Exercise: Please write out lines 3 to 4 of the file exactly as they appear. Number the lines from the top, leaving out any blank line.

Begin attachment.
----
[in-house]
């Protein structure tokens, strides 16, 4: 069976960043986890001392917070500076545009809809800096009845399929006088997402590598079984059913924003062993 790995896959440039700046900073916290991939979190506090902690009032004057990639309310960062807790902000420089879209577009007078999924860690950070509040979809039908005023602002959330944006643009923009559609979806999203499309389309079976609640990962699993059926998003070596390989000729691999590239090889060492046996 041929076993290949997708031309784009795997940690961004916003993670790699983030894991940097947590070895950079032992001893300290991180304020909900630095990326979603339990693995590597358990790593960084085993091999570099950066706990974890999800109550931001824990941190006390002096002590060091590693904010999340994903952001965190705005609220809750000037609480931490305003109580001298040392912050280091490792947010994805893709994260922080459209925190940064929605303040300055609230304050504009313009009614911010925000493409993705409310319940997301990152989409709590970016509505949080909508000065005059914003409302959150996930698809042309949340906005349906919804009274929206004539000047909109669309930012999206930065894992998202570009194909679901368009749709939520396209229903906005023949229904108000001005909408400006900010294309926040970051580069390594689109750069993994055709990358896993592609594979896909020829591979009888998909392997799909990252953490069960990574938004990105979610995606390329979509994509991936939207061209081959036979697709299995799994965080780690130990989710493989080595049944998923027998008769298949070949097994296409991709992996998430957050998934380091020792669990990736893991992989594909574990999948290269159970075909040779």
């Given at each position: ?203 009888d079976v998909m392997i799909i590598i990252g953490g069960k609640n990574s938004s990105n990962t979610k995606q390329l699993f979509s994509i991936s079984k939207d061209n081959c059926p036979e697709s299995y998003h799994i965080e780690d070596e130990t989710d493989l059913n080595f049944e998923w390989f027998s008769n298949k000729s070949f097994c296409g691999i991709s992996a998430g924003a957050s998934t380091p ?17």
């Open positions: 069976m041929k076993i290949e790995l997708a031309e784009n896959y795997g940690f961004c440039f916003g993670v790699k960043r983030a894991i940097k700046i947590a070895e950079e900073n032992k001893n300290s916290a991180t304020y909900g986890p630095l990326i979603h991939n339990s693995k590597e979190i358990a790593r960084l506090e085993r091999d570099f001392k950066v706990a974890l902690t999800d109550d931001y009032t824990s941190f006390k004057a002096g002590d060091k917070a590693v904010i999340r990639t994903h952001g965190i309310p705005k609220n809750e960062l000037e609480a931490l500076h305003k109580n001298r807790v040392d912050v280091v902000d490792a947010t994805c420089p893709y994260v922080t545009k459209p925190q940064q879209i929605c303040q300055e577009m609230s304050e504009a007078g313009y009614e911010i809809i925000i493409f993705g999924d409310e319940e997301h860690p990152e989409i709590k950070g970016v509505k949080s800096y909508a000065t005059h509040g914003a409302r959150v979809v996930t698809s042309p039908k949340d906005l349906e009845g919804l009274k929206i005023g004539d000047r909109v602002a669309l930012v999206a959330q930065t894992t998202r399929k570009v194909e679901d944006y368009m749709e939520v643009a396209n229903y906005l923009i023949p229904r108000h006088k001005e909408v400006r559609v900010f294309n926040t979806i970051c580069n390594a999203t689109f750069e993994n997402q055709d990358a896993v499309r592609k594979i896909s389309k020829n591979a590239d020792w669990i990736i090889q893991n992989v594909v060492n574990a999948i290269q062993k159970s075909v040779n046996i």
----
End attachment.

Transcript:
């Given at each position: ?203 009888d079976v998909m392997i799909i590598i990252g953490g069960k609640n990574s938004s990105n990962t979610k995606q390329l699993f979509s994509i991936s079984k939207d061209n081959c059926p036979e697709s299995y998003h799994i965080e780690d070596e130990t989710d493989l059913n080595f049944e998923w390989f027998s008769n298949k000729s070949f097994c296409g691999i991709s992996a998430g924003a957050s998934t380091p ?17």
């Open positions: 069976m041929k076993i290949e790995l997708a031309e784009n896959y795997g940690f961004c440039f916003g993670v790699k960043r983030a894991i940097k700046i947590a070895e950079e900073n032992k001893n300290s916290a991180t304020y909900g986890p630095l990326i979603h991939n339990s693995k590597e979190i358990a790593r960084l506090e085993r091999d570099f001392k950066v706990a974890l902690t999800d109550d931001y009032t824990s941190f006390k004057a002096g002590d060091k917070a590693v904010i999340r990639t994903h952001g965190i309310p705005k609220n809750e960062l000037e609480a931490l500076h305003k109580n001298r807790v040392d912050v280091v902000d490792a947010t994805c420089p893709y994260v922080t545009k459209p925190q940064q879209i929605c303040q300055e577009m609230s304050e504009a007078g313009y009614e911010i809809i925000i493409f993705g999924d409310e319940e997301h860690p990152e989409i709590k950070g970016v509505k949080s800096y909508a000065t005059h509040g914003a409302r959150v979809v996930t698809s042309p039908k949340d906005l349906e009845g919804l009274k929206i005023g004539d000047r909109v602002a669309l930012v999206a959330q930065t894992t998202r399929k570009v194909e679901d944006y368009m749709e939520v643009a396209n229903y906005l923009i023949p229904r108000h006088k001005e909408v400006r559609v900010f294309n926040t979806i970051c580069n390594a999203t689109f750069e993994n997402q055709d990358a896993v499309r592609k594979i896909s389309k020829n591979a590239d020792w669990i990736i090889q893991n992989v594909v060492n574990a999948i290269q062993k159970s075909v040779n046996i």